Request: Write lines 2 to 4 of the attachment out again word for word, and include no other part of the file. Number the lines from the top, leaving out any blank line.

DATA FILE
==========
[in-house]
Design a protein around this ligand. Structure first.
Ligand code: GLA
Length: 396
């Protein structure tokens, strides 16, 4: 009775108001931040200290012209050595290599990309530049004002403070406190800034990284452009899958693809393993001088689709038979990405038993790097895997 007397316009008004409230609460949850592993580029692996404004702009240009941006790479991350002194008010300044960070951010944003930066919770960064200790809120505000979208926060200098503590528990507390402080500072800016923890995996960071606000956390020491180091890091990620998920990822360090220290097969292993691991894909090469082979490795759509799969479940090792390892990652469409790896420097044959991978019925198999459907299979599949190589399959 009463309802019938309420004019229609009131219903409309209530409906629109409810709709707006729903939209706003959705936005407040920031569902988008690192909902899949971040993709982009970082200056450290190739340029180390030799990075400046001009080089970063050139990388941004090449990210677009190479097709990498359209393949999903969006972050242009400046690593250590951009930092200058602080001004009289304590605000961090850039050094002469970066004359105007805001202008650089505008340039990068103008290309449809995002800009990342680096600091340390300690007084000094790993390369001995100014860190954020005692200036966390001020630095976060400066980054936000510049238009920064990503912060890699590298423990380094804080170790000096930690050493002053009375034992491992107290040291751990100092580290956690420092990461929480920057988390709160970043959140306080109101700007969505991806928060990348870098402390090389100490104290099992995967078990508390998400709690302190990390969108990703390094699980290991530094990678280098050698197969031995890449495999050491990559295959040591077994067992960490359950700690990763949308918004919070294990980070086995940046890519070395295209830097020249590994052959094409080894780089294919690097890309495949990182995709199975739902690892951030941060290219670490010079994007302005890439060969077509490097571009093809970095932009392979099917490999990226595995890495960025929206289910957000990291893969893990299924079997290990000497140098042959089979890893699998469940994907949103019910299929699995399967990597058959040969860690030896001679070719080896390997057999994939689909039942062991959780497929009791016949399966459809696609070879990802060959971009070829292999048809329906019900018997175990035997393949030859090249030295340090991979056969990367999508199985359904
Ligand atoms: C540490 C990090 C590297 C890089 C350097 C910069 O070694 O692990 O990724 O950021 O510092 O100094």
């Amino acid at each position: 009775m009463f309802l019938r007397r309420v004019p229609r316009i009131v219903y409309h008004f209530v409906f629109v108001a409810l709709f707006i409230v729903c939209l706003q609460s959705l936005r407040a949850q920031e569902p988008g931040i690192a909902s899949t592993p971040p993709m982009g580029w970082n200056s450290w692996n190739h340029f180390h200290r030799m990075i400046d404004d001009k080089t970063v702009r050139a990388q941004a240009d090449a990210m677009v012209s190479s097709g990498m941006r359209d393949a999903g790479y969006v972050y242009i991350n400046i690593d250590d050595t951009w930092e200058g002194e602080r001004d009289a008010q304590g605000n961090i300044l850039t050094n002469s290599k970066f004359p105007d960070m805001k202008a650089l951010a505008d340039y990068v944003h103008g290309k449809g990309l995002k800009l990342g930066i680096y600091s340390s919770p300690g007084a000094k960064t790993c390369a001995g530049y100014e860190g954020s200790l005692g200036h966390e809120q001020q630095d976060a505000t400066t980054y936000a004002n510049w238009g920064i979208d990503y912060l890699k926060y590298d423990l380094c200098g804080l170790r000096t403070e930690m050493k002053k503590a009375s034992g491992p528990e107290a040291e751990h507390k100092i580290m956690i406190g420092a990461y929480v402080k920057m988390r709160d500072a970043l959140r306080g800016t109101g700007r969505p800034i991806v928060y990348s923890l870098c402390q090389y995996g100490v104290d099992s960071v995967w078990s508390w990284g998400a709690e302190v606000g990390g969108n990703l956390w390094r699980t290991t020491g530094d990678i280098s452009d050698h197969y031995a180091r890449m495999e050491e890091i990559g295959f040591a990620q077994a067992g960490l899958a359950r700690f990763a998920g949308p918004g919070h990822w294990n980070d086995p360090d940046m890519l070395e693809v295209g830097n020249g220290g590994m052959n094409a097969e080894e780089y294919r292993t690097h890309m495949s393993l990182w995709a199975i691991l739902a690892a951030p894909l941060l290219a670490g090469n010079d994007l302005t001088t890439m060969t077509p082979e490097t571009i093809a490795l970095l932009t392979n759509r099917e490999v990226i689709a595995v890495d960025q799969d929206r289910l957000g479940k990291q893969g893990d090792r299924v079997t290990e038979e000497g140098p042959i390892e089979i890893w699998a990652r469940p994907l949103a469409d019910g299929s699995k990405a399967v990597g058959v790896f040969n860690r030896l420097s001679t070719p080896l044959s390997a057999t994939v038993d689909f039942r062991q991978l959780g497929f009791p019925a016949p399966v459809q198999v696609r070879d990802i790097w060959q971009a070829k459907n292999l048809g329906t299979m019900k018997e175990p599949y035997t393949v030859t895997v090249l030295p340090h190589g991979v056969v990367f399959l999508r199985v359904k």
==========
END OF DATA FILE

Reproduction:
Design a protein around this ligand. Structure first.
Ligand code: GLA
Length: 396